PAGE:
Wednesday morning at the pool was interesting to say the least.
I showed up with my real insulin pump (as per usual) as well as my fake insulin pod attached to my arm. I felt very Robocopish.
I unhooked the real pump and headed to the pool with my fake pod firmly attached to my arm. I proudly showed it to Christine and told her that I wanted to see if it could withstand my active lifestyle. She looked doubtful but I told her that it was absolutely waterproof and quite firmly attached. Not that it was a big deal if it filled with water and fell off (since it's just a trial pod anyway) but I'd rather know now if it's going to hold up. Christine liked the idea that you could bolus with the PDM because, as she put it, "you can be in Lake Ontario and we can adjust your insulin for you from the boat". (apparently she has great plans for me...)
We hopped in the pool and discovered pretty quickly that we were in for a tough workout. Not tough in terms of distance but tough in terms of power.
We warmed up for 600m (swim, pull and kick for 200m each) and then did 8x25m sprints. Christine wanted us to swim all out. No holding back. She gave lots of rest in between each one but was quite adamant that had what it takes to push ourselves to swim 25m in 17 seconds. So we tried and we tried hard. The first few were 22, 21 and then 20 seconds. Then 18. Then 18 again. Then 17! Not 17.0 seconds but 17 point something which was enough to make her pretty excited.
Next, she handed us some buckets. Everyone got a strap that attaches around their waist. Tied to the strap was a stretch cord and tied to the stretch cord were two buckets. The kind that little kids take to the beach to make castles. Designed to add a lot of drag and make any kind of swimming really hard. Think running through quicksand or cycling up a hill into a nasty headwind.
Everyone got two buckets...but me.
I was handed a contraption that had three buckets attached to it, not two.
"Céline" Christine announced "is the most consistent swimmer I have ever known. She reaches a pace and then swims it consistently over and over again. The only way to help her get faster is to force her off that plateau. So she's swimming with three buckets today because I want her to be able to swim 100m in 1:35 in the next few weeks".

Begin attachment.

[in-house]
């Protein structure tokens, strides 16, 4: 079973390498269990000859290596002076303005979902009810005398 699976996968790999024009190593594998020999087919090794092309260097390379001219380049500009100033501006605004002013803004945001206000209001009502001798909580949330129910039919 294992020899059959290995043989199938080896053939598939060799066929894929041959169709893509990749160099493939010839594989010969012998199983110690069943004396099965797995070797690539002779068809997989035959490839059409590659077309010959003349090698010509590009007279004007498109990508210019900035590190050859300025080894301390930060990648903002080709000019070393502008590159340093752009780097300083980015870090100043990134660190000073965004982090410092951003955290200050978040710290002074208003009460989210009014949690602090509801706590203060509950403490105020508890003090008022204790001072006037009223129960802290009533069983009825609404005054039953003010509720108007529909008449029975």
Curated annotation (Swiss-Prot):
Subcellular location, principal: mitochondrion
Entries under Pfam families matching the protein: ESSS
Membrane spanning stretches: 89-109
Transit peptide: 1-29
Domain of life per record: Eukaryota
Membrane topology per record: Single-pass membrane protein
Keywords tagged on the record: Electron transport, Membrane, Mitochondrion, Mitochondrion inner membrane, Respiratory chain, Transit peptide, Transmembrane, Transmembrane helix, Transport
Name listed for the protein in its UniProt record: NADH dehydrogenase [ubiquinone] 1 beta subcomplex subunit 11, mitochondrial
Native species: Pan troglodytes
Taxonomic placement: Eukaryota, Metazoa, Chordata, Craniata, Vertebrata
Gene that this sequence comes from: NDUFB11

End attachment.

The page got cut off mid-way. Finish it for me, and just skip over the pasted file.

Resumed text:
We strapped ourselves in and prepared to repeat our 8x25m sprints. Ever tried sprinting as fast as you can while tied to something that holds you back? Go ahead and try it. I'll wait here...
Everyone else did their 25m sprints in about 24-25 seconds. I did mine in 27-28 seconds. I have no idea how much extra drag one bucket adds but I was pretty proud to have kept up as much as I did.
After that, we swam 200m with buckets.
Then 4x50m sprints without them. (which I managed to do in 42-44 seconds each for those of you who care about times).
Then 200m with buckets.
Then 5x25m sprints without buckets (all in 18-19 seconds).
Then a cool down.
That was a lot of arm flailing and a great workout. It was also a pretty good test of my Omnipod pod. Guess how it held up?
Well, the adhesive was awesome and held up beautifully. Despite all the drag on the pod in the water, the adhesive didn't budge. The pod, on the other hand, didn't fare so well. If you can picture it - the adhesive is stuck to my skin and then the pod is stuck to the adhesive. The part where the pod is glued to the adhesive ripped and the pod was half detached and kinda dangling there by the end of the workout.
I had to take it off when I got home because it would not have survived the day. So my first pod lasted 12 hours. Granted, I put it on my arm and went swimming with it but still. I would like to have the option to wear it on my arm, particularly in the winter, so this was a very reasonable test. Yes, I could tape it. Yes, I could wear an arm band in the pool to hold it in place but that just makes things more complicated and the Omnipod is already proving to be more complicated than I want it to be.
When I got home I removed the first pod and I put the second pod on - on my back just above where my pants sit. I wore it all day yesterday and, despite hours of sitting, driving and more sitting, I hardly noticed it. I like it there and was again reminded of how nice it would be to wear a pump without tubes. The big test will be Friday morning in the pool. It will sit above my bathing suit and, again, be exposed to the water.
Let's see how holds up then.